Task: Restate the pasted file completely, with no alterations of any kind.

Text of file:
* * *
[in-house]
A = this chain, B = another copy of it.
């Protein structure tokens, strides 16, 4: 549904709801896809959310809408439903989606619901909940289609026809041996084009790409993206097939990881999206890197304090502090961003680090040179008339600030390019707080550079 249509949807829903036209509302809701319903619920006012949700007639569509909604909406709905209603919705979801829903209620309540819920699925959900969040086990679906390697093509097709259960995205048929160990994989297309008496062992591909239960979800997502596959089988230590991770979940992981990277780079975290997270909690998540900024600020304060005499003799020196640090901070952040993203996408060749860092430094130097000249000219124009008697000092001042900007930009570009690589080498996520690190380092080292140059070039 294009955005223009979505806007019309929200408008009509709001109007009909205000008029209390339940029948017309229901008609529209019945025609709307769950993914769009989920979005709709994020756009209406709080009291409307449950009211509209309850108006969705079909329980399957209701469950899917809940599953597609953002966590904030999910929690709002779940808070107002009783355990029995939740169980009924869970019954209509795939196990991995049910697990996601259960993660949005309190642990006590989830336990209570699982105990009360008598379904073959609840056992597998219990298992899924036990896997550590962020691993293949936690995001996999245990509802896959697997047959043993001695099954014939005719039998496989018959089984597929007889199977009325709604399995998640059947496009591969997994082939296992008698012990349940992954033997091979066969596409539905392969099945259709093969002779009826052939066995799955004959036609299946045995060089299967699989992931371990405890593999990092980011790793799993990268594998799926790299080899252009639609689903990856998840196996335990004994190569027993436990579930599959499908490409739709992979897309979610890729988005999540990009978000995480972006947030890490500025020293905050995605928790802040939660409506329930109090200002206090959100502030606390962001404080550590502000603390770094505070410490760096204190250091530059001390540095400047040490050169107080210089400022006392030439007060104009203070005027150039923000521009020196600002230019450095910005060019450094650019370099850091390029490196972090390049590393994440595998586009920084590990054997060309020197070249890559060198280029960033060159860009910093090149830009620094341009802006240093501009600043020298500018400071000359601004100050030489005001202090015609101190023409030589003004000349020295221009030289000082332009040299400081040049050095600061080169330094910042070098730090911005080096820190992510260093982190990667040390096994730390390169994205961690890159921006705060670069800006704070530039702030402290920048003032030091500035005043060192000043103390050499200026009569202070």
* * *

[in-house]
A = this chain, B = another copy of it.
């Protein structure tokens, strides 16, 4: 549904709801896809959310809408439903989606619901909940289609026809041996084009790409993206097939990881999206890197304090502090961003680090040179008339600030390019707080550079 249509949807829903036209509302809701319903619920006012949700007639569509909604909406709905209603919705979801829903209620309540819920699925959900969040086990679906390697093509097709259960995205048929160990994989297309008496062992591909239960979800997502596959089988230590991770979940992981990277780079975290997270909690998540900024600020304060005499003799020196640090901070952040993203996408060749860092430094130097000249000219124009008697000092001042900007930009570009690589080498996520690190380092080292140059070039 294009955005223009979505806007019309929200408008009509709001109007009909205000008029209390339940029948017309229901008609529209019945025609709307769950993914769009989920979005709709994020756009209406709080009291409307449950009211509209309850108006969705079909329980399957209701469950899917809940599953597609953002966590904030999910929690709002779940808070107002009783355990029995939740169980009924869970019954209509795939196990991995049910697990996601259960993660949005309190642990006590989830336990209570699982105990009360008598379904073959609840056992597998219990298992899924036990896997550590962020691993293949936690995001996999245990509802896959697997047959043993001695099954014939005719039998496989018959089984597929007889199977009325709604399995998640059947496009591969997994082939296992008698012990349940992954033997091979066969596409539905392969099945259709093969002779009826052939066995799955004959036609299946045995060089299967699989992931371990405890593999990092980011790793799993990268594998799926790299080899252009639609689903990856998840196996335990004994190569027993436990579930599959499908490409739709992979897309979610890729988005999540990009978000995480972006947030890490500025020293905050995605928790802040939660409506329930109090200002206090959100502030606390962001404080550590502000603390770094505070410490760096204190250091530059001390540095400047040490050169107080210089400022006392030439007060104009203070005027150039923000521009020196600002230019450095910005060019450094650019370099850091390029490196972090390049590393994440595998586009920084590990054997060309020197070249890559060198280029960033060159860009910093090149830009620094341009802006240093501009600043020298500018400071000359601004100050030489005001202090015609101190023409030589003004000349020295221009030289000082332009040299400081040049050095600061080169330094910042070098730090911005080096820190992510260093982190990667040390096994730390390169994205961690890159921006705060670069800006704070530039702030402290920048003032030091500035005043060192000043103390050499200026009569202070």